Mon. Not. R. Astron. Soc., 390, 421-428 (2008/October-2)
On the evidence for narrow, relativistically shifted X-ray lines.
VAUGHAN S. and UTTLEY P.
Abstract (from CDS):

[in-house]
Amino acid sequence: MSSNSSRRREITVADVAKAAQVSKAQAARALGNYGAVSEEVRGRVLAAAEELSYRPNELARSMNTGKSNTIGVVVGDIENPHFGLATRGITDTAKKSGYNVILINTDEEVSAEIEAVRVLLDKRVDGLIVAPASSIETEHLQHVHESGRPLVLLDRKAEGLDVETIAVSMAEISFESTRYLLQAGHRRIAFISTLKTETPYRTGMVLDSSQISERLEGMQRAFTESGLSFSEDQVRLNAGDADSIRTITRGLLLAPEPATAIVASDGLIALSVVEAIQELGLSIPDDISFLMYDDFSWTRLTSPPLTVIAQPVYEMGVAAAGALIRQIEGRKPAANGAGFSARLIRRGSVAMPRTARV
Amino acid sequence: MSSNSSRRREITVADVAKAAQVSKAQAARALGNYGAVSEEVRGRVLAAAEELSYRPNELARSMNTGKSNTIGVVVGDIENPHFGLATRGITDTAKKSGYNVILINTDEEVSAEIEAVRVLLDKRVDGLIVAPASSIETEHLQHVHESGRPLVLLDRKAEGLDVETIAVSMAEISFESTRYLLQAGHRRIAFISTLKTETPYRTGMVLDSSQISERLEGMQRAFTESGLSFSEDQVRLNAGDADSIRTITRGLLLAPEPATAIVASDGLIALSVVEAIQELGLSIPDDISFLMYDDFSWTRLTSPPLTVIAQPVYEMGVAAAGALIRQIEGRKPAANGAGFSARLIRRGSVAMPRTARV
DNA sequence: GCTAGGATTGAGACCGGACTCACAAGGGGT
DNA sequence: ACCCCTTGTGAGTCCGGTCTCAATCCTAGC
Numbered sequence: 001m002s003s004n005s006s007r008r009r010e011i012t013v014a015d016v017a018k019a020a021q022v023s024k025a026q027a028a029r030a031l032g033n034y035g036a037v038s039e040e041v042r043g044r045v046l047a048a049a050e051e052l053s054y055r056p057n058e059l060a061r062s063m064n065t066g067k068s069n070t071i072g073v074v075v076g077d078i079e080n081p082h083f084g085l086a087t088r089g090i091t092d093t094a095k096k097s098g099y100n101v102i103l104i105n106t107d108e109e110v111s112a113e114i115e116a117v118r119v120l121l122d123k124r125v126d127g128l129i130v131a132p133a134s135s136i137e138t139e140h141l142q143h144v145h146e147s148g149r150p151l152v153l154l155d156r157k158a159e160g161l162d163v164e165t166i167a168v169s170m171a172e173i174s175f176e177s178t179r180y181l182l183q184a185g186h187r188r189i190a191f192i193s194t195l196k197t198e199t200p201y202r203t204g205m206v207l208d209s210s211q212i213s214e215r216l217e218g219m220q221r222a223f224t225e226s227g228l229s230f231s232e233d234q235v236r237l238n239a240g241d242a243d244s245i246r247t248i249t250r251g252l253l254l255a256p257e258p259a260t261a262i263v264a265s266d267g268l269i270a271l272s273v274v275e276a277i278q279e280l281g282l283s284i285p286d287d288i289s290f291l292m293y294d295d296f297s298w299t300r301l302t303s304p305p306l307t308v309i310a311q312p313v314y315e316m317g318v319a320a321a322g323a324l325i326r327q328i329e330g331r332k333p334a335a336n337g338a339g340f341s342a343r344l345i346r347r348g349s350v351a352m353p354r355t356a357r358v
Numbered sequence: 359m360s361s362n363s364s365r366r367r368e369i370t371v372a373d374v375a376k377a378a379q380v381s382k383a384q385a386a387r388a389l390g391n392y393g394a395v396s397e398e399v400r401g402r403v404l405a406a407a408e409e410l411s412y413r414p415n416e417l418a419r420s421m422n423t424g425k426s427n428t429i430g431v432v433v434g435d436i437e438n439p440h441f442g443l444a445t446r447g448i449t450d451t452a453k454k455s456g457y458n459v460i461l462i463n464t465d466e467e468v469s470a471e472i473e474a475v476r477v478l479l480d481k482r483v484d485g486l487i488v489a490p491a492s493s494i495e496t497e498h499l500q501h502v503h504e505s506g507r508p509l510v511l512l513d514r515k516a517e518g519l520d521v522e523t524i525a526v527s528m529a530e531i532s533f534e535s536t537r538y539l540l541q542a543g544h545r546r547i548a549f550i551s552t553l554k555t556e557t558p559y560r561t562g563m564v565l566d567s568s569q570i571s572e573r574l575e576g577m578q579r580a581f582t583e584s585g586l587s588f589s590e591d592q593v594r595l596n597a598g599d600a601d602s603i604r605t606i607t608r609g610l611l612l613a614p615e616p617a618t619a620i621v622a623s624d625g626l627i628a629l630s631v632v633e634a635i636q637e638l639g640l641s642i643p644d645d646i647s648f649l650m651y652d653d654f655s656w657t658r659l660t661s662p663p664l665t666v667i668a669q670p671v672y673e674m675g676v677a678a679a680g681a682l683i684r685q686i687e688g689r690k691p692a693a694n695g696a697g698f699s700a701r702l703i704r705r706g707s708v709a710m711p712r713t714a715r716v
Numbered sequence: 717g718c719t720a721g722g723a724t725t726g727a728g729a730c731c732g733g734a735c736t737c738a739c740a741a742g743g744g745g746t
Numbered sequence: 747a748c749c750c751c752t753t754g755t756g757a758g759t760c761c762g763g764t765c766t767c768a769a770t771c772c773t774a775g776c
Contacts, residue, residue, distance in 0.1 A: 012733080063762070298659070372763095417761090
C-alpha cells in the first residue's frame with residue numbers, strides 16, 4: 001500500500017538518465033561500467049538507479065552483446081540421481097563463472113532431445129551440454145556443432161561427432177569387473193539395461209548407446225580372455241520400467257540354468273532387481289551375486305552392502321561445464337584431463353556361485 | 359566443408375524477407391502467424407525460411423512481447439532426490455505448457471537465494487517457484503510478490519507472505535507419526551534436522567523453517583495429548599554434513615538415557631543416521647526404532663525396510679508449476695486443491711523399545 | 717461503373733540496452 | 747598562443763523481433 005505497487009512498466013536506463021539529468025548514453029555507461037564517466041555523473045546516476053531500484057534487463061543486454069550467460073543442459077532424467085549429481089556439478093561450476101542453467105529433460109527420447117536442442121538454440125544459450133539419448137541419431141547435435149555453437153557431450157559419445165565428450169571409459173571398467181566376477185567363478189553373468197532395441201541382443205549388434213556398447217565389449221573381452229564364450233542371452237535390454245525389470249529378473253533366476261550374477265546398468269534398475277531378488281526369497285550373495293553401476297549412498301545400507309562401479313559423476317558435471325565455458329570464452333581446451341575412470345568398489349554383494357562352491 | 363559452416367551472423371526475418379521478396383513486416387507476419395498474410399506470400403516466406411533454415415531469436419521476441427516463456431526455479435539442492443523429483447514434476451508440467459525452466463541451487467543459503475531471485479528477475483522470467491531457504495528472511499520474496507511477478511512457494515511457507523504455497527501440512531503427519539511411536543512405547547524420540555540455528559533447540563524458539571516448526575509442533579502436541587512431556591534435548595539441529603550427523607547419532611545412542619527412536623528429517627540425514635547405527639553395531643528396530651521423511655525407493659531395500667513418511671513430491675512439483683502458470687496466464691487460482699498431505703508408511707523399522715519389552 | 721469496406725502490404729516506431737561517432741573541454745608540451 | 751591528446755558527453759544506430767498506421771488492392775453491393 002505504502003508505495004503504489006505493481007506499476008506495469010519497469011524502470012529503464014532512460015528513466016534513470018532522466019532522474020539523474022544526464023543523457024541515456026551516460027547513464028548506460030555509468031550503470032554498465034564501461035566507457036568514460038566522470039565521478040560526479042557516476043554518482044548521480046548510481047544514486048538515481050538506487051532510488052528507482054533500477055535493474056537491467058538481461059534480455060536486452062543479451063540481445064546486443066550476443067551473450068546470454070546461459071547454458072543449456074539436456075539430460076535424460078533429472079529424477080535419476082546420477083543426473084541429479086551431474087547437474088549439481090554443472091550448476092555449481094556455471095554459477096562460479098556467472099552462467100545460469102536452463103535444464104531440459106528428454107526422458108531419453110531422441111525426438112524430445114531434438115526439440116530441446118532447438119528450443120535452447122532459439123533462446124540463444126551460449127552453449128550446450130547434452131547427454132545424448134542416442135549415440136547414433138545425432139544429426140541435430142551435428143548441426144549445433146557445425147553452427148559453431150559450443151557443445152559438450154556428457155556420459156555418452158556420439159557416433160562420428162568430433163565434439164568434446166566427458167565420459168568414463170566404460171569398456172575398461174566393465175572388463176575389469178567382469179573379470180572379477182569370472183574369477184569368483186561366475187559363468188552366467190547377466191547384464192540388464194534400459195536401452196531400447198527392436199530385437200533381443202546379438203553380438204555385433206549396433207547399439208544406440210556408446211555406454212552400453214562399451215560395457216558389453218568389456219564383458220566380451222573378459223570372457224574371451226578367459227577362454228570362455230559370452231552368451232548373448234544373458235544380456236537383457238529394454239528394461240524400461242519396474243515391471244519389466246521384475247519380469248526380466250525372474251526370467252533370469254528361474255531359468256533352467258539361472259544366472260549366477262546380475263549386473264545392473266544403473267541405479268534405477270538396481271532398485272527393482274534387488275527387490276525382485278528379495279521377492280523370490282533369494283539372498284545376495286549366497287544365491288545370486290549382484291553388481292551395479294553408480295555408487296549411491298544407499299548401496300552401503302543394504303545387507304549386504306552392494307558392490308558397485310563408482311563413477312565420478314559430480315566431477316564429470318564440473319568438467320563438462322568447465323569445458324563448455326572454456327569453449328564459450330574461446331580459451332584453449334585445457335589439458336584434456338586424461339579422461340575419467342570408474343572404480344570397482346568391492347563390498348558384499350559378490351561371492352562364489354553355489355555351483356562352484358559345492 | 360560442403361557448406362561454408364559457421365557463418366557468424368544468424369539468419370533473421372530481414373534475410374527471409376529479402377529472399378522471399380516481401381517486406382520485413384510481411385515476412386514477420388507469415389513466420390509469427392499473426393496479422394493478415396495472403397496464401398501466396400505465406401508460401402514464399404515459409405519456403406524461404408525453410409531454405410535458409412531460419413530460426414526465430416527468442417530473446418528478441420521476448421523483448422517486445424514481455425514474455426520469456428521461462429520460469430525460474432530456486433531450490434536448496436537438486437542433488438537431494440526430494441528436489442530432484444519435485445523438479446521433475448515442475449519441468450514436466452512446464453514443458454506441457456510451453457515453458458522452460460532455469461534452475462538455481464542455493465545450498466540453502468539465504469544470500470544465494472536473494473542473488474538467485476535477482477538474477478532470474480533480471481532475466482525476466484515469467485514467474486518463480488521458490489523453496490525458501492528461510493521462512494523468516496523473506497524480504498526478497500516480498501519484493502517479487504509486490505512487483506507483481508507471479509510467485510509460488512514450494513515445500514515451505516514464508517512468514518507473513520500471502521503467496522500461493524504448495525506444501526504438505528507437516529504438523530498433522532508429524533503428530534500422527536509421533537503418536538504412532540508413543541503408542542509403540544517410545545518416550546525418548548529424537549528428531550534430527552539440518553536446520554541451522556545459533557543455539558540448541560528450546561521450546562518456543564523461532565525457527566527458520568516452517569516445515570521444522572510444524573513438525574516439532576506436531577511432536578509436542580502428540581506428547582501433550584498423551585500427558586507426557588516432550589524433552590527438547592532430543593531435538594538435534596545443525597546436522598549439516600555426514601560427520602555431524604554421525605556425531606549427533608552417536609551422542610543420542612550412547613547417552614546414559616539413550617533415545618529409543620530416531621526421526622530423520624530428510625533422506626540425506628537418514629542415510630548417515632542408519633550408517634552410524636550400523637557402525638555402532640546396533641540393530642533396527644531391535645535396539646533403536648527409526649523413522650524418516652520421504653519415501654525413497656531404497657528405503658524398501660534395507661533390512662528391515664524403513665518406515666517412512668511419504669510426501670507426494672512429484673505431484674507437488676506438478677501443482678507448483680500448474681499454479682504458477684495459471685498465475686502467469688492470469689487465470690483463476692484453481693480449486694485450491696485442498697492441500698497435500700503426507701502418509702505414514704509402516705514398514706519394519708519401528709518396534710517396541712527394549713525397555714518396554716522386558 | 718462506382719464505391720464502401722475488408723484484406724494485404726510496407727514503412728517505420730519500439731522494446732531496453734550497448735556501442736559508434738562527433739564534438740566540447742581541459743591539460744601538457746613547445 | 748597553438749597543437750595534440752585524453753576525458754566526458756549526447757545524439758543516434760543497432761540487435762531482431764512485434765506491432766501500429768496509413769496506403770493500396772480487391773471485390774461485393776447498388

In recent years, there have been many reported detections of highly redshifted or blueshifted narrow spectral lines (both emission or absorption) in the X-ray spectra of active galaxies, but these are all modest detections in terms of their statistical significance. The aim of this paper is to review the issue of the significance of these detections and, in particular, take account of publication bias. A literature search revealed 38 reported detections of narrow, strongly shifted (v/c ≥ 0.05) X-ray lines in the 1.5-20 keV spectra of Seyfert galaxies and quasars. These published data show a close, linear relationship between the estimated line strength and its uncertainty, in the sense that better observations (with smaller uncertainties) only ever show the smallest lines. This result is consistent with many of the reported lines being false detections resulting from random fluctuations, drawn from a large body of data and filtered by publication bias such that only the most `significant' fluctuations are ever reported. The reality of many of these features, and certainly their prevalence in the population at large, therefore remains an open question that is best settled though uniform analysis (and reporting) of higher quality observations.